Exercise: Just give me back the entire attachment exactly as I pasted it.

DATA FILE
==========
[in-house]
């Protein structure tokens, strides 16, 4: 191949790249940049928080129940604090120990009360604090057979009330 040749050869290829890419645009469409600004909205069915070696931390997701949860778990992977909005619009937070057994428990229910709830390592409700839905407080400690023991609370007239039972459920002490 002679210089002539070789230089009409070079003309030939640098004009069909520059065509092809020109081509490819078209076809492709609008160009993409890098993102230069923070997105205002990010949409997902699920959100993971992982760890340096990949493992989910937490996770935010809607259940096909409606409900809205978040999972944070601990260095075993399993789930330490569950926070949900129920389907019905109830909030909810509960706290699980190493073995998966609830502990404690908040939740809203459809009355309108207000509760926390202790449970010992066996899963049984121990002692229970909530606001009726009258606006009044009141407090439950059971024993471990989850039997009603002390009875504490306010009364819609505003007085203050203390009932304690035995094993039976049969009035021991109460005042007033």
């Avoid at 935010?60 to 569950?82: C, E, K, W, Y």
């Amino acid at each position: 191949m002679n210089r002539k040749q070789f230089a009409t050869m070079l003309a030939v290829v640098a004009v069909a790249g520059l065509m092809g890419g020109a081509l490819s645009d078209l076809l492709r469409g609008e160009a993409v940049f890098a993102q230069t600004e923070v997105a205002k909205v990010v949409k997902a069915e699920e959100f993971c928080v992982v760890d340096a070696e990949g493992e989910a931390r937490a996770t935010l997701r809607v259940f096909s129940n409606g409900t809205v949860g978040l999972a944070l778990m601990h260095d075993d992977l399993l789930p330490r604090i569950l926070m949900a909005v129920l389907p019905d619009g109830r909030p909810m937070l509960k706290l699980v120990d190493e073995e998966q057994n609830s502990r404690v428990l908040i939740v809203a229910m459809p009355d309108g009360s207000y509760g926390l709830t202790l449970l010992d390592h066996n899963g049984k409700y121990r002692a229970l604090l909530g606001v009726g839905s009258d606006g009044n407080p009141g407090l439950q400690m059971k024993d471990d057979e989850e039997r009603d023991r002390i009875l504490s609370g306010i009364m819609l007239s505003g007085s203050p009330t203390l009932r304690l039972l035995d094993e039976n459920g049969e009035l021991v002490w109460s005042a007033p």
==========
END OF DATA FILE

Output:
[in-house]
């Protein structure tokens, strides 16, 4: 191949790249940049928080129940604090120990009360604090057979009330 040749050869290829890419645009469409600004909205069915070696931390997701949860778990992977909005619009937070057994428990229910709830390592409700839905407080400690023991609370007239039972459920002490 002679210089002539070789230089009409070079003309030939640098004009069909520059065509092809020109081509490819078209076809492709609008160009993409890098993102230069923070997105205002990010949409997902699920959100993971992982760890340096990949493992989910937490996770935010809607259940096909409606409900809205978040999972944070601990260095075993399993789930330490569950926070949900129920389907019905109830909030909810509960706290699980190493073995998966609830502990404690908040939740809203459809009355309108207000509760926390202790449970010992066996899963049984121990002692229970909530606001009726009258606006009044009141407090439950059971024993471990989850039997009603002390009875504490306010009364819609505003007085203050203390009932304690035995094993039976049969009035021991109460005042007033």
């Avoid at 935010?60 to 569950?82: C, E, K, W, Y």
């Amino acid at each position: 191949m002679n210089r002539k040749q070789f230089a009409t050869m070079l003309a030939v290829v640098a004009v069909a790249g520059l065509m092809g890419g020109a081509l490819s645009d078209l076809l492709r469409g609008e160009a993409v940049f890098a993102q230069t600004e923070v997105a205002k909205v990010v949409k997902a069915e699920e959100f993971c928080v992982v760890d340096a070696e990949g493992e989910a931390r937490a996770t935010l997701r809607v259940f096909s129940n409606g409900t809205v949860g978040l999972a944070l778990m601990h260095d075993d992977l399993l789930p330490r604090i569950l926070m949900a909005v129920l389907p019905d619009g109830r909030p909810m937070l509960k706290l699980v120990d190493e073995e998966q057994n609830s502990r404690v428990l908040i939740v809203a229910m459809p009355d309108g009360s207000y509760g926390l709830t202790l449970l010992d390592h066996n899963g049984k409700y121990r002692a229970l604090l909530g606001v009726g839905s009258d606006g009044n407080p009141g407090l439950q400690m059971k024993d471990d057979e989850e039997r009603d023991r002390i009875l504490s609370g306010i009364m819609l007239s505003g007085s203050p009330t203390l009932r304690l039972l035995d094993e039976n459920g049969e009035l021991v002490w109460s005042a007033p």